I’m a newbie to FPGA and SCA, and am interested in mounting a low-cost setup to begin, based on the OpenADC e ChipWhisperer projects.
I’ve just checked out the ZTEX site, and the series 1 boards, recommended for use with OpenADC and ChipWhisperer have been discontinued. Would anyone have any information about using the v2 boards? As far as I can determine, I’ll need an adapter board so as to fit the v1 pinout. Does this physically fit on the ChipWhisperer hardware? How much memory is needed on the FPGA board?
The old boards should still be available - I think they are a week or two away from being purchasable, contact ztex.de to confirm this. I was told this might be the last run of them though, so they aren’t listed on the website I beleive.
None of the 7-series boards would work as-is, since the FPGA code uses a lot of features specific to the Spartan 6 device. I know a few people had talked about porting the code, but I haven’t done any work in this yet myself.
The Spartan 6 devices that are available for the v2 boards are only the LX16 I think, which is too small. You need LX25 for all the features. The SDRAM actually isn’t used at all right now - the original idea was to download sample data to external memory, and the FPGA code for doing that I think still exists. But in almost all my use-cases the internal SRAM memory was enough, so I never bothered to get the SDRAM stuff working again (right now it would need to be brought back up to some design changes).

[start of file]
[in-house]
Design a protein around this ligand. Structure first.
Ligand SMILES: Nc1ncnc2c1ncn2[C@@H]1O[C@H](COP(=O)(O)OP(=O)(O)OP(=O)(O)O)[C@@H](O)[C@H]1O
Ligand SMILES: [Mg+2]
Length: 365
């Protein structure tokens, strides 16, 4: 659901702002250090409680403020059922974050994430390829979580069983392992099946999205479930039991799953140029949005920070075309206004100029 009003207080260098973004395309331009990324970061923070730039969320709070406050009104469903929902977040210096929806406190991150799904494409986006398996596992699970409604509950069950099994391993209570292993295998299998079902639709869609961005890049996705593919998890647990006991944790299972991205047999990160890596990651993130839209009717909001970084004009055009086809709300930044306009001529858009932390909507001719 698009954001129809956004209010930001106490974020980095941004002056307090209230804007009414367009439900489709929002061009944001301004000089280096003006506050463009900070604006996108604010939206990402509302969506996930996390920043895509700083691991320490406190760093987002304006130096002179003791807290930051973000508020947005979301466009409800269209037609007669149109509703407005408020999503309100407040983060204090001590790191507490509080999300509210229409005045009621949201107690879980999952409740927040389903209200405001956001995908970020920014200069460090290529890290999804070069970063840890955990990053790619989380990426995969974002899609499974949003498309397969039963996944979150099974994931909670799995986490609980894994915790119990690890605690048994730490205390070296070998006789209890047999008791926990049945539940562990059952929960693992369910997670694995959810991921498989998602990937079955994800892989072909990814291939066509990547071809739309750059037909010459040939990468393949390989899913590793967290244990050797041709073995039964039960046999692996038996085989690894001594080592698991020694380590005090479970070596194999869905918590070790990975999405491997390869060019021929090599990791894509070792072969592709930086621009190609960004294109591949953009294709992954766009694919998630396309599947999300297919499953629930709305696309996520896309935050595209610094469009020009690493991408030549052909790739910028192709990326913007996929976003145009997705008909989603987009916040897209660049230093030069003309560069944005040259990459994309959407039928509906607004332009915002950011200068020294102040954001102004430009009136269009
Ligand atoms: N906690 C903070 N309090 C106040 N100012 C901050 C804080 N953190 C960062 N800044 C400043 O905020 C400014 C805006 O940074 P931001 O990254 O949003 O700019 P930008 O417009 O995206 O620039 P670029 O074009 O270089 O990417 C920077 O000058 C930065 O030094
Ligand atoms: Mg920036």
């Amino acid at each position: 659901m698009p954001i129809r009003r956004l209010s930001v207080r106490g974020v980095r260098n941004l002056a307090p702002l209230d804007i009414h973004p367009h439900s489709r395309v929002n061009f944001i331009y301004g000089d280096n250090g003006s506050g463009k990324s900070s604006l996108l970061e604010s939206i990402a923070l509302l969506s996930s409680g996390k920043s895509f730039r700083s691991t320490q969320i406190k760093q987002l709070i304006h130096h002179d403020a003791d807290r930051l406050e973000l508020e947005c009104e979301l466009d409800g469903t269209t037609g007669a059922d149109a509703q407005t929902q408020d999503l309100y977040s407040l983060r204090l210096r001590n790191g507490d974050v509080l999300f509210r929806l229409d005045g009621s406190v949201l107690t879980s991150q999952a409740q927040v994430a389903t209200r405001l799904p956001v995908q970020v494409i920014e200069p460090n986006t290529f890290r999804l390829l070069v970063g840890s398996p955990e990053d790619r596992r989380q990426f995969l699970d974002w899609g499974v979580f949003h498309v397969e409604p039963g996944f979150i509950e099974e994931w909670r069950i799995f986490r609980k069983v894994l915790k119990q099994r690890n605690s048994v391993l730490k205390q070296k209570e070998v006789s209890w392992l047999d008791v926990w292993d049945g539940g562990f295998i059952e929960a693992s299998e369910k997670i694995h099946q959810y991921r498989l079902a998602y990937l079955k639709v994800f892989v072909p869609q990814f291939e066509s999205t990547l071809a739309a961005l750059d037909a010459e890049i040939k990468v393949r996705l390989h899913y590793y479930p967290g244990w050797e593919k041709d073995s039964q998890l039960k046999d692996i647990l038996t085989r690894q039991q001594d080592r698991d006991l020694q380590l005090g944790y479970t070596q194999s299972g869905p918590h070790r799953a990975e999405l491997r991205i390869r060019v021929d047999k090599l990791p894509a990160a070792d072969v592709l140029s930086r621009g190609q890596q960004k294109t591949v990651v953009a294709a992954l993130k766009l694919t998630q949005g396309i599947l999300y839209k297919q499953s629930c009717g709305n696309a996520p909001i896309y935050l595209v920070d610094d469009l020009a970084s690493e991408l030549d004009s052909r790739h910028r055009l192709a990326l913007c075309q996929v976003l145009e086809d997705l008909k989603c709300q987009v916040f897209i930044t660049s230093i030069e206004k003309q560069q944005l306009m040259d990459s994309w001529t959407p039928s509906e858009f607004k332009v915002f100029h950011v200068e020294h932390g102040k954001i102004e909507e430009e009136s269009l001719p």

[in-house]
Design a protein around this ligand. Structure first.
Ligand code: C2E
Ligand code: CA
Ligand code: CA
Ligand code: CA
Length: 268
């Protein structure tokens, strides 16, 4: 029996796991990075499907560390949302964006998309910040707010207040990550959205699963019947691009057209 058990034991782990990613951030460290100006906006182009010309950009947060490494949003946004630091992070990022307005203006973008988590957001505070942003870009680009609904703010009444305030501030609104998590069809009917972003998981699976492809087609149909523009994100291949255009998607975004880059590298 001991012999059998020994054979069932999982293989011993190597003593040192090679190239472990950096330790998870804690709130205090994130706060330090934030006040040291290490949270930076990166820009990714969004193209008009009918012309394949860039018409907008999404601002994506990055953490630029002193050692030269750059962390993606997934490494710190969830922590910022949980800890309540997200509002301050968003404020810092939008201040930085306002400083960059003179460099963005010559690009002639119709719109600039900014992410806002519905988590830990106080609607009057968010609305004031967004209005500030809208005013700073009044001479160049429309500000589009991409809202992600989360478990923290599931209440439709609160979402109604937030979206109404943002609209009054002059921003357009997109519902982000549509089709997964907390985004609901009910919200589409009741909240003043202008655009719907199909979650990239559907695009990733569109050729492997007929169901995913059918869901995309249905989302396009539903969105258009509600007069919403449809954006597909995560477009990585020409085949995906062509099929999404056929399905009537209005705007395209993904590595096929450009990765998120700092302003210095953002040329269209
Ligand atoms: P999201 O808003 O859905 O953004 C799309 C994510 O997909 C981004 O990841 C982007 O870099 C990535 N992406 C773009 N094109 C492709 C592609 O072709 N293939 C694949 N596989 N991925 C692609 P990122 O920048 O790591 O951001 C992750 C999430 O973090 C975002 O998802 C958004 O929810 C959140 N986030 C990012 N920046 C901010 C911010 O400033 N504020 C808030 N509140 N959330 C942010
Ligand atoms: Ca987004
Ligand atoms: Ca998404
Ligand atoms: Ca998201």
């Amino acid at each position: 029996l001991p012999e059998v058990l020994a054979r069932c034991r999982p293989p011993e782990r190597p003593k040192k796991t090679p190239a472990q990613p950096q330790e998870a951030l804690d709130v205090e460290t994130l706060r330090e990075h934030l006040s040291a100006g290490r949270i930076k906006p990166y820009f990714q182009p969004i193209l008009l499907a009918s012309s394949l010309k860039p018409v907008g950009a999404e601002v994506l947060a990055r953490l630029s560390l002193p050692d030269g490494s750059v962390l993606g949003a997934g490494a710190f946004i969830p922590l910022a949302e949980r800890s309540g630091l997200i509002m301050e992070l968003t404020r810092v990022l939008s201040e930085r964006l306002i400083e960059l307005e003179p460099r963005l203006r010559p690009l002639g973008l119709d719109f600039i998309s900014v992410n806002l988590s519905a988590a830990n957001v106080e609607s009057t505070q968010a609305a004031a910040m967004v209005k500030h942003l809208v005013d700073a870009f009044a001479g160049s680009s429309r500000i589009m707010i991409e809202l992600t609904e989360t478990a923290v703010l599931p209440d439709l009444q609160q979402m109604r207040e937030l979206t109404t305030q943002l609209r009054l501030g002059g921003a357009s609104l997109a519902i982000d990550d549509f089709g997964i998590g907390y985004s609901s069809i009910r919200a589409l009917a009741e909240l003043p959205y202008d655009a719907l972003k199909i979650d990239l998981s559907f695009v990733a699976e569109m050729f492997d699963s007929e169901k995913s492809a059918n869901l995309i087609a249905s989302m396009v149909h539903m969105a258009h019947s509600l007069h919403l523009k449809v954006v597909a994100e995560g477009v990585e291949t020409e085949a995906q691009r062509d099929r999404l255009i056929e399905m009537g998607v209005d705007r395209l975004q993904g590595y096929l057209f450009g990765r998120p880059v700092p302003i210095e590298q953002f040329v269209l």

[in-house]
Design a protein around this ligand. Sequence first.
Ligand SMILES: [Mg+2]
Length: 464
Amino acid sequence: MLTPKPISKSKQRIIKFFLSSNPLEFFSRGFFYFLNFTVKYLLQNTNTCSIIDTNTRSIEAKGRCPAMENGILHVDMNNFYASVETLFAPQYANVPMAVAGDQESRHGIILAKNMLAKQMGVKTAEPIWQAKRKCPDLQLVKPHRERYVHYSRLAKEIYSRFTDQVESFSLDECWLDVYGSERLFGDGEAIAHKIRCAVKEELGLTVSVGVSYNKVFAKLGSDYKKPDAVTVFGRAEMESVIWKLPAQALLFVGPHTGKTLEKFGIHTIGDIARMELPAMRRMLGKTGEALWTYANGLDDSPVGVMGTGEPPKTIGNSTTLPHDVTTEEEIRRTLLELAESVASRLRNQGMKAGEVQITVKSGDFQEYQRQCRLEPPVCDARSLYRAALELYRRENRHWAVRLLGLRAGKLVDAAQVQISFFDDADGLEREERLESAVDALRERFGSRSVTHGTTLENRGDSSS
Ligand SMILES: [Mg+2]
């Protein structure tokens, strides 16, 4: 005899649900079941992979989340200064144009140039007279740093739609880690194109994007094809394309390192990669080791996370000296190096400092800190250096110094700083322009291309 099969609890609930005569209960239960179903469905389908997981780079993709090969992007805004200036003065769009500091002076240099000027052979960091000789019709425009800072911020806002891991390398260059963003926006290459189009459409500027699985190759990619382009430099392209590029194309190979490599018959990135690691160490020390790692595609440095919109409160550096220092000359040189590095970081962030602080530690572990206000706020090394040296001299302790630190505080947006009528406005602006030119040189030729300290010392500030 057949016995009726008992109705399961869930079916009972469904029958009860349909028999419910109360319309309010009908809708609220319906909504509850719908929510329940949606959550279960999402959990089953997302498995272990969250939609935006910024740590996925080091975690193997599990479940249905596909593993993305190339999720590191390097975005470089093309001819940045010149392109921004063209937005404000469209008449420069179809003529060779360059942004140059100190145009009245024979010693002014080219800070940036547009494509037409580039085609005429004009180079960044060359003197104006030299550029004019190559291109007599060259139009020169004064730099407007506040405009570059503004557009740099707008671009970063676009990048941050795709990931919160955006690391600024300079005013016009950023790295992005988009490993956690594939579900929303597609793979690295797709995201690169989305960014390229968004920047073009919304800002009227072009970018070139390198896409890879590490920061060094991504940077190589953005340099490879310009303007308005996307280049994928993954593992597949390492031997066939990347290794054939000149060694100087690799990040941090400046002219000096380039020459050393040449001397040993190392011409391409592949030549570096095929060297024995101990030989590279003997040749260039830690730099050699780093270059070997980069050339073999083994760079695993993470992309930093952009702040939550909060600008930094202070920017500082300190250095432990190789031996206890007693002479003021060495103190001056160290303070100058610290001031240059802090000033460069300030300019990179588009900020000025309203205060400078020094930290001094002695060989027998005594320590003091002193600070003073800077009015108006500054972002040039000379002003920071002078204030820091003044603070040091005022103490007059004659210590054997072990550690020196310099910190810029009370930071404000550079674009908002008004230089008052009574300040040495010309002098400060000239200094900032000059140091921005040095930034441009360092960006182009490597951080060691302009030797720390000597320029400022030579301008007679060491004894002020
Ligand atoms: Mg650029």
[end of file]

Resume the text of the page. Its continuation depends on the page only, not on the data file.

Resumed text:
We should have stock of the LX25 boards in a few weeks, as am trying to buy a few of them to keep in stock. Long-term the ChipWhisperer will be redesigned to have the FPGA directly on the baseboard. This will unfortunately make it harder to hand-assemble, but I’d rather now rely on a 3rd party module for future versions. In which case we might sell a version with just the BGA soldered to the board or something, but would have to think about that…
PS: The other option is the Spartan 6 LX9 avnet, which lets you do some basic attacks. The download rate is pretty bad (it’s over a serial port), but it DOES work. There is some details in the CW Wiki I think, but perhaps it’s time I wrote a better description of where to find them…
I uploaded a demo video showing the LX9 device working if you are interested, just to get an idea of capture rate. You can see that 50 traces takes ~2 mins, compared to ~15-30 seconds. See hackaday.io/project/956/log/10693 for details.